The decisions you make in the hours, days and weeks following a car accident can have a lasting impact on your health, your finances and more. As much as we’d all like to think an accident will never happen to us, in Nevada alone, car accidents of varying severity are a fact of life for hundreds of people every day. In this article, we’ll take a quick look at some of best ways to meet your legal responsibilities while ensuring your interests are protected after a crash.
Immediately After an Accident
Car accidents are the type of dramatic event that can change everything in a split second. Your first priority should be to remain calm. These can be emotional moments, but getting angry or defensive doesn’t help anything. Take a second to breathe and collect yourself. Then, check for injuries. If you or any of your passengers are hurt, call 911 immediately. Do not attempt to move anyone who has been injured.
If there are no injuries and it is safe to do so, pull over to the side of the road and turn on your hazard lights. This is a good time to take a second and replay the incident in your mind. If you can, write down what happened as you remember it — this will help you avoid giving contradictory information when reporting the car accident to your insurance company or the police.
When to Report a Car Accident to the Police
If the accident involves obvious damage to either vehicle (i.e., the vehicle can’t be driven) or an injury of any severity, it should be reported to police immediately. A 911 operator will dispatch an officer to your location, and if necessary an ambulance or tow truck. When talking to the police, be honest but stick to the facts and choose your words carefully. Don’t offer up information that isn’t requested and don’t give an official statement until you’ve had the opportunity to speak with a personal injury lawyer.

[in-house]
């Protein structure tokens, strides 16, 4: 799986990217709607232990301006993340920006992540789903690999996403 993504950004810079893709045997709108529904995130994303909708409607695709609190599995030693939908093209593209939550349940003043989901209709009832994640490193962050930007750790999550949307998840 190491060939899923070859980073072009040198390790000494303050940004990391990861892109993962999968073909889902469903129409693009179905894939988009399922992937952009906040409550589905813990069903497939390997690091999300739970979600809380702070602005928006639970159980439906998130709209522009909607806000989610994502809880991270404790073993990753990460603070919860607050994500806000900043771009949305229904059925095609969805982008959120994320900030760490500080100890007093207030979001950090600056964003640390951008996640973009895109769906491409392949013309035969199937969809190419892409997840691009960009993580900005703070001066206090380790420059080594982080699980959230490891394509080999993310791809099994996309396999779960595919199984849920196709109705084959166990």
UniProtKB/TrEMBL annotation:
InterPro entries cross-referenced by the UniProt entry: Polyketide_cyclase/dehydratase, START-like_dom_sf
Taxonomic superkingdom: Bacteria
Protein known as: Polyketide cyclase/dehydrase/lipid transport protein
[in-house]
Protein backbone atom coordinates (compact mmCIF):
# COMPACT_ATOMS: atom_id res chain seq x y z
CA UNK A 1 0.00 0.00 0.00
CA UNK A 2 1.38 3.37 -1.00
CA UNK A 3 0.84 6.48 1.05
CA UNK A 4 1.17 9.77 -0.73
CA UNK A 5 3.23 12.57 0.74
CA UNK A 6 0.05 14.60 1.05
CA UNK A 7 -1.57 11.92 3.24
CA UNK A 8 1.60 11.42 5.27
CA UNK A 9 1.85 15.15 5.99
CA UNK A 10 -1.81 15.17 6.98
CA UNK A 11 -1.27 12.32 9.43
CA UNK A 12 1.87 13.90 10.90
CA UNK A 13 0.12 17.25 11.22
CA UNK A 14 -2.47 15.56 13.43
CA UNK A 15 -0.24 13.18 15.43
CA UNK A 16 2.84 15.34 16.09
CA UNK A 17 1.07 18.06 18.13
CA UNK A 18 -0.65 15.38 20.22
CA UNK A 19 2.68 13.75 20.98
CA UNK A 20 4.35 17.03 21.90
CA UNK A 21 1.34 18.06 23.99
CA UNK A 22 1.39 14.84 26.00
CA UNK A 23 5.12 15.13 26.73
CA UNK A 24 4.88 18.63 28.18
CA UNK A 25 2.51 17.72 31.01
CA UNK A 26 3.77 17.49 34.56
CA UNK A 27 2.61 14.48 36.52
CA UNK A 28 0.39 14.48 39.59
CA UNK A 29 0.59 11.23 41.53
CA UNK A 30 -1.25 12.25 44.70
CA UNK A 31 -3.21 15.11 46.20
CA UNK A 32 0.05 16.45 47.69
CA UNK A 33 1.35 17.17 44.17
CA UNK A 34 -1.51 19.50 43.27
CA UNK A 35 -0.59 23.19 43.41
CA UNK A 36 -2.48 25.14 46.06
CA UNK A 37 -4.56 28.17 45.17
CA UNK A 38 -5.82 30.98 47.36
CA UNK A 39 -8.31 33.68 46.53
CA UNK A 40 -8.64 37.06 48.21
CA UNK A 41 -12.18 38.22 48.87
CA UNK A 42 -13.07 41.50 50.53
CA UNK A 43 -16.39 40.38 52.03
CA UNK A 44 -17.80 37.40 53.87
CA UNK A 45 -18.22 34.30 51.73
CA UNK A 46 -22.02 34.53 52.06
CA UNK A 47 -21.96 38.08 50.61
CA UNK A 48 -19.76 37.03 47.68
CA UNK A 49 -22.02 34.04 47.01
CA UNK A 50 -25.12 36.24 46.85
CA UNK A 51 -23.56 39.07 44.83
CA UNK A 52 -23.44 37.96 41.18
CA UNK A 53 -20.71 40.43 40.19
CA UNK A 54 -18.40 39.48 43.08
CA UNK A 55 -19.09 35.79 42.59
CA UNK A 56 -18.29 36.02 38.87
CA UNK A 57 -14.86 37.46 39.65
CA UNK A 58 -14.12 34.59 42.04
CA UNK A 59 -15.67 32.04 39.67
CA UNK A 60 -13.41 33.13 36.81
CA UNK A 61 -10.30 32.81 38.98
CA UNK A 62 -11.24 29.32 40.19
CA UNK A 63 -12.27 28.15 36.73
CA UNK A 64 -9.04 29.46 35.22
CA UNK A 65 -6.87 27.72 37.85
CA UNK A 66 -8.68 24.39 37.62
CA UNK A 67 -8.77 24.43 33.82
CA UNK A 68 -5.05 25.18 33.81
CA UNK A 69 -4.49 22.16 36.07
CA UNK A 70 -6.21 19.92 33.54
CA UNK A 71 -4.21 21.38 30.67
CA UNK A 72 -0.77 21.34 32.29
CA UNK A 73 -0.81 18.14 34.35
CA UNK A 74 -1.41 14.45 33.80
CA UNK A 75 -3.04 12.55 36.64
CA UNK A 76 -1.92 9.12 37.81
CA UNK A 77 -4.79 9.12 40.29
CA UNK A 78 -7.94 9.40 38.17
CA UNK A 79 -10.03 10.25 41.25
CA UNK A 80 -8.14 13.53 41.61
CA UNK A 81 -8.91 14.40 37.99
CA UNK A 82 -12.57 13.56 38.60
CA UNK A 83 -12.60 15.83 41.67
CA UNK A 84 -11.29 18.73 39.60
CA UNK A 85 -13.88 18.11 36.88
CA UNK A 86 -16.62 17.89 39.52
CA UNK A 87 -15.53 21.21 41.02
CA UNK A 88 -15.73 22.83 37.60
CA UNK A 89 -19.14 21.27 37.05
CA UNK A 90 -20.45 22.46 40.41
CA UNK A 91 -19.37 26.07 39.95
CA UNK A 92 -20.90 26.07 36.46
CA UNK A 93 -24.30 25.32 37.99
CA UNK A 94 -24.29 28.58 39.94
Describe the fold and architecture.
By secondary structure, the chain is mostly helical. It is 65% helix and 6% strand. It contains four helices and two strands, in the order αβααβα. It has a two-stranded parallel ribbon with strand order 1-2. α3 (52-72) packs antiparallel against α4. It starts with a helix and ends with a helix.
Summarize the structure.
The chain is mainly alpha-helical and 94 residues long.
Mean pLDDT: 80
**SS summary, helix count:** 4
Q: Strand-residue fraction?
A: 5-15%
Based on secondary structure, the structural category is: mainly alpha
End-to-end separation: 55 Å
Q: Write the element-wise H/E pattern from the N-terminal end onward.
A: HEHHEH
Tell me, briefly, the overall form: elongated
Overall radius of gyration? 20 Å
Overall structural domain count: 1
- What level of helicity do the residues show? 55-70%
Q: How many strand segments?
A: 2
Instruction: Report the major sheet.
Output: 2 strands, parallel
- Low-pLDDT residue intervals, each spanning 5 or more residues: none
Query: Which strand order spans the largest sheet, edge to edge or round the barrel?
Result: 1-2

If police are not called to the scene, your insurance company may require you to file a report after the fact. This can be necessary when fault is in question or when damages exceed a certain threshold. Contact your local police department for assistance. Just as you would at the scene of the accident, when speaking with an officer, be straightforward and honest, and relate what happened as clearly as you remember it — without unnecessary embellishment.
When to Report a Car Accident to Your Insurance Company
The short answer to the question of when to report a car accident to your insurance company is — almost always. You pay for insurance for a reason, and if you’re not at fault, your rates likely won’t go up. Even if you are responsible, the hassle of trying to pay for an accident out of pocket isn’t worth the small bump you may experience in your premium. Here’s why:
- Proper repairs are expensive. Even if the visible damage is minimal, mechanical and body work for a simple repair job can easily cost thousands of dollars.
- Filing a claim gives you long-term protection. Paying out of pocket offers you little or no recourse if repairs fail or if further damage is discovered after the fact.
- Injuries may not be obvious. Filing an insurance claim after a car accident gives you the option of pursuing compensation for medical expenses and lost wages that occur as a result.
The only time it’s worth it to avoid contacting your insurance is in the event of a single vehicle accident with no readily noticeable damage. If there are no other parties involved (say, for example, you scrape your bumper in a parking lot), feel free to get an estimate for repairs first and then decide whether or not to file a claim.
If you’ve been involved in an accident of any severity, get a clearer picture of your rights and responsibilities by contacting Dallas Horton & Associates. Call our office to book a free consultation today.